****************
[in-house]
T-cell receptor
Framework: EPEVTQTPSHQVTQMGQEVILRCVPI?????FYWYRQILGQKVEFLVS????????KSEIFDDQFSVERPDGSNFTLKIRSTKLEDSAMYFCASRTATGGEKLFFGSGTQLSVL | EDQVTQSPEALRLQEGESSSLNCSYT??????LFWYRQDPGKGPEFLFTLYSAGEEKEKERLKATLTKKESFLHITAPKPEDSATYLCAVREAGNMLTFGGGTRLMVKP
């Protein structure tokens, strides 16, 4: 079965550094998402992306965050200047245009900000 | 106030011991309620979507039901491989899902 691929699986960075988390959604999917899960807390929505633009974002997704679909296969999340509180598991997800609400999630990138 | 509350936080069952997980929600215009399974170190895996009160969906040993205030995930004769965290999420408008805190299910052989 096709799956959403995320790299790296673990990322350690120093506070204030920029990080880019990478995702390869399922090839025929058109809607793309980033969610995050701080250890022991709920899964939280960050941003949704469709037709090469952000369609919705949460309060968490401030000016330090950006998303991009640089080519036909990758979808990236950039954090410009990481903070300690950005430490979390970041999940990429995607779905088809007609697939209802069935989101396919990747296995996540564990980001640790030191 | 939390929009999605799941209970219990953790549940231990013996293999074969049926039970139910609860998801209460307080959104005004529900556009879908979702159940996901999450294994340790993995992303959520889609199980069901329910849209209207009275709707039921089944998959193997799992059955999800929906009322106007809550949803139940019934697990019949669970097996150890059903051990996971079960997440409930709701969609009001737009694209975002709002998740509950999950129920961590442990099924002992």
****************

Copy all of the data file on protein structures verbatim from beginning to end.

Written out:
[in-house]
T-cell receptor
Framework: EPEVTQTPSHQVTQMGQEVILRCVPI?????FYWYRQILGQKVEFLVS????????KSEIFDDQFSVERPDGSNFTLKIRSTKLEDSAMYFCASRTATGGEKLFFGSGTQLSVL | EDQVTQSPEALRLQEGESSSLNCSYT??????LFWYRQDPGKGPEFLFTLYSAGEEKEKERLKATLTKKESFLHITAPKPEDSATYLCAVREAGNMLTFGGGTRLMVKP
């Protein structure tokens, strides 16, 4: 079965550094998402992306965050200047245009900000 | 106030011991309620979507039901491989899902 691929699986960075988390959604999917899960807390929505633009974002997704679909296969999340509180598991997800609400999630990138 | 509350936080069952997980929600215009399974170190895996009160969906040993205030995930004769965290999420408008805190299910052989 096709799956959403995320790299790296673990990322350690120093506070204030920029990080880019990478995702390869399922090839025929058109809607793309980033969610995050701080250890022991709920899964939280960050941003949704469709037709090469952000369609919705949460309060968490401030000016330090950006998303991009640089080519036909990758979808990236950039954090410009990481903070300690950005430490979390970041999940990429995607779905088809007609697939209802069935989101396919990747296995996540564990980001640790030191 | 939390929009999605799941209970219990953790549940231990013996293999074969049926039970139910609860998801209460307080959104005004529900556009879908979702159940996901999450294994340790993995992303959520889609199980069901329910849209209207009275709707039921089944998959193997799992059955999800929906009322106007809550949803139940019934697990019949669970097996150890059903051990996971079960997440409930709701969609009001737009694209975002709002998740509950999950129920961590442990099924002992």